By Russ Wiles | The Republic | azcentral.com
Imagine that moment, maybe 3,000 years ago, when an artisan in the Middle East one day got paid not in grain but in shiny silver coins. Or that time in Colonial America when a weaver or blacksmith received wages not as coins but in freshly printed paper currency.
Both events, or something like them, marked major milestones in the evolution of money, and they had profound impacts for society and economic development.
Many people think society is now on a similar cusp with digital currencies.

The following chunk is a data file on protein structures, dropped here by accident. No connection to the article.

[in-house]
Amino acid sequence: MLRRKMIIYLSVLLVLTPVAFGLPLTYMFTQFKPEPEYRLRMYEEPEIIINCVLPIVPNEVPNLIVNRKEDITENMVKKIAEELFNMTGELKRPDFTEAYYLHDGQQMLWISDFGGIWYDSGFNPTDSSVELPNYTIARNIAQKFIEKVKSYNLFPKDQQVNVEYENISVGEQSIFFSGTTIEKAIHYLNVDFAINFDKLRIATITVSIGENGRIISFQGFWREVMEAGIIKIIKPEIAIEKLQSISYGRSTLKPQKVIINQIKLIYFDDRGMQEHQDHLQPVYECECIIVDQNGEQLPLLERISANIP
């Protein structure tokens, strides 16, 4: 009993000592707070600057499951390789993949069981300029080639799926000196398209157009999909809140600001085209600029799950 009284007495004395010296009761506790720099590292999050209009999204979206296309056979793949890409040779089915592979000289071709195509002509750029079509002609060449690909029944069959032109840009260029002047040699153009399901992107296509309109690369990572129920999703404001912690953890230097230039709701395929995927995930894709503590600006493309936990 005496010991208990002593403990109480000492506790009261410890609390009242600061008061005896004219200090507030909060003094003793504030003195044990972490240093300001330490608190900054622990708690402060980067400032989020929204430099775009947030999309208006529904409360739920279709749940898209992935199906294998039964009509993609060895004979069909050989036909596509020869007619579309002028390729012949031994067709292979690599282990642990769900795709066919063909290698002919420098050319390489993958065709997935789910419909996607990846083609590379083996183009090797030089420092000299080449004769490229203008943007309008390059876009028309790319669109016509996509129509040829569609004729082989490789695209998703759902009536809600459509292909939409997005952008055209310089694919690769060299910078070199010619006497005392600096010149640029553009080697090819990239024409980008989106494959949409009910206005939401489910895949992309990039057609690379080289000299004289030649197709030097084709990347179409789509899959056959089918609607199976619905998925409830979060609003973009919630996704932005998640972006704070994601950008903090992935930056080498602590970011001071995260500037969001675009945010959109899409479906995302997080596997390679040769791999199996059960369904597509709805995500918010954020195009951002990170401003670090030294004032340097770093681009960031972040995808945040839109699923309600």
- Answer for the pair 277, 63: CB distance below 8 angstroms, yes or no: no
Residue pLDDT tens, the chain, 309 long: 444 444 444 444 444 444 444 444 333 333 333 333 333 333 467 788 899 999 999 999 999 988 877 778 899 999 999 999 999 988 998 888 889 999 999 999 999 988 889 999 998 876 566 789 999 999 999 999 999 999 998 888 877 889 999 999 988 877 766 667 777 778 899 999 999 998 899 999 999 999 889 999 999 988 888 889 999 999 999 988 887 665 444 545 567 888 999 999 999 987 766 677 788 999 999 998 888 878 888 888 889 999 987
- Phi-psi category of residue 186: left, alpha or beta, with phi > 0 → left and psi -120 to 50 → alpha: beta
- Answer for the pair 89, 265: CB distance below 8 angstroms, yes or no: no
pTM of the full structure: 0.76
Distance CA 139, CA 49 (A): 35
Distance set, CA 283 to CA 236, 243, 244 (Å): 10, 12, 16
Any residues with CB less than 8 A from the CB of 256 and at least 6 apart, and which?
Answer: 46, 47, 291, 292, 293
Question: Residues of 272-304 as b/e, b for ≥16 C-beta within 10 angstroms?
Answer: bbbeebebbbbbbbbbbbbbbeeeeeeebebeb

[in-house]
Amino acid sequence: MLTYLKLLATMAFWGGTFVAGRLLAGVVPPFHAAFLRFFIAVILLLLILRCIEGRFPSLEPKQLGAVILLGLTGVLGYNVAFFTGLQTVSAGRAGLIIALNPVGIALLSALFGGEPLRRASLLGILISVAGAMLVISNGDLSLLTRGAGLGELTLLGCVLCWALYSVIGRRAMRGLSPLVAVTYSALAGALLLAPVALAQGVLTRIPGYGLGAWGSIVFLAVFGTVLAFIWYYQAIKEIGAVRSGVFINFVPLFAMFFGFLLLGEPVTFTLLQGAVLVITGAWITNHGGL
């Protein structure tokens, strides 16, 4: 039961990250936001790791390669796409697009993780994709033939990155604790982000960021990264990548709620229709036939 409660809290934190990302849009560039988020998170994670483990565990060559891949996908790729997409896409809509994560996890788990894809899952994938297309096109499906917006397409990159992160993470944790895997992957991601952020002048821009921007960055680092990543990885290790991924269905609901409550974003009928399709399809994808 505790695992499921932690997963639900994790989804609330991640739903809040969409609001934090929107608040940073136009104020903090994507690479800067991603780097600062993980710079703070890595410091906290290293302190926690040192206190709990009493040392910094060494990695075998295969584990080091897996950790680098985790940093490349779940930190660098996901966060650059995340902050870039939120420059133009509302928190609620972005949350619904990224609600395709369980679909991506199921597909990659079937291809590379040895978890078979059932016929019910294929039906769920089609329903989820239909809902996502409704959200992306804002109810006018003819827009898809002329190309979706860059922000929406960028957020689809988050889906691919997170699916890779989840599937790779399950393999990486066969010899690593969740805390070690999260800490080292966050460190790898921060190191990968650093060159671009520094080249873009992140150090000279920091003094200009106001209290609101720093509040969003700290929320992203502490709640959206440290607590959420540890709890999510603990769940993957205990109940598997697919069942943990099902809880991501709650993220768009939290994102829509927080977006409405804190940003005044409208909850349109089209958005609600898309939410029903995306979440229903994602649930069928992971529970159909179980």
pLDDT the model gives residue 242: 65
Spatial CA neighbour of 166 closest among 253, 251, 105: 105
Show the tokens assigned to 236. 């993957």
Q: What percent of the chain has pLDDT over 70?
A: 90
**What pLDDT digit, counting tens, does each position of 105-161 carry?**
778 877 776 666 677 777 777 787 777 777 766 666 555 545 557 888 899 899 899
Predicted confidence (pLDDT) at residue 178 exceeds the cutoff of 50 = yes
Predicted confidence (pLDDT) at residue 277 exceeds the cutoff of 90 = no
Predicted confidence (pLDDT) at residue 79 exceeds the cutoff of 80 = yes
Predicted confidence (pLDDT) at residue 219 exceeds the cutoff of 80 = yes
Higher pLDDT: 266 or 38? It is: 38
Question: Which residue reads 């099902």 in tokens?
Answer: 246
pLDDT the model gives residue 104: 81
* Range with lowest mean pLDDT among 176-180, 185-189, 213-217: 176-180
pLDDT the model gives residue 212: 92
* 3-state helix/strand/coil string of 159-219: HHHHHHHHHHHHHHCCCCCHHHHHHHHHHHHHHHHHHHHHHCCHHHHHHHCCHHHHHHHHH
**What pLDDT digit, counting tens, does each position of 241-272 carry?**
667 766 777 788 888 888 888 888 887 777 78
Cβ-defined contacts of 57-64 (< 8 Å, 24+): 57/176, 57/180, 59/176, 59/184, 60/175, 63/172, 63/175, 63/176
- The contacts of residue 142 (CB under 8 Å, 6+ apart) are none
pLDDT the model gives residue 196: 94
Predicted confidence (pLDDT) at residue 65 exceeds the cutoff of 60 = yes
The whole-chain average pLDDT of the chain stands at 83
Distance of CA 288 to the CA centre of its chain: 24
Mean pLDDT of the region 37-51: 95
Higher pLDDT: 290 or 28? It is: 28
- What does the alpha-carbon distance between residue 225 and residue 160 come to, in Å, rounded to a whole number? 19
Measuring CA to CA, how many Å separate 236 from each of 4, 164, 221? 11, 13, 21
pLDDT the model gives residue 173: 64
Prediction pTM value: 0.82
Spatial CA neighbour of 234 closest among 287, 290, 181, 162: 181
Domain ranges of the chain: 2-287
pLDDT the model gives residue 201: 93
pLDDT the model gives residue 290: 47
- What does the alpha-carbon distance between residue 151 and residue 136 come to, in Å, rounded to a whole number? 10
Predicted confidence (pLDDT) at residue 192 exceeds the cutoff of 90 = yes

The fact that bitcoins, the most prominent form, marked their fifth birthday this year strongly suggests that digital money is here to stay. Bitcoins still are not widely embraced by the public. They’re also somewhat cumbersome to use, confusing to non-tech geeks and subject to wide price swings. Yet they continue to gain acceptance. Overstock.com recently declared that it would take bitcoins in payment. The Sacramento Kings basketball team is planning to accept them for tickets. Virgin Galactic is taking them for future space flights.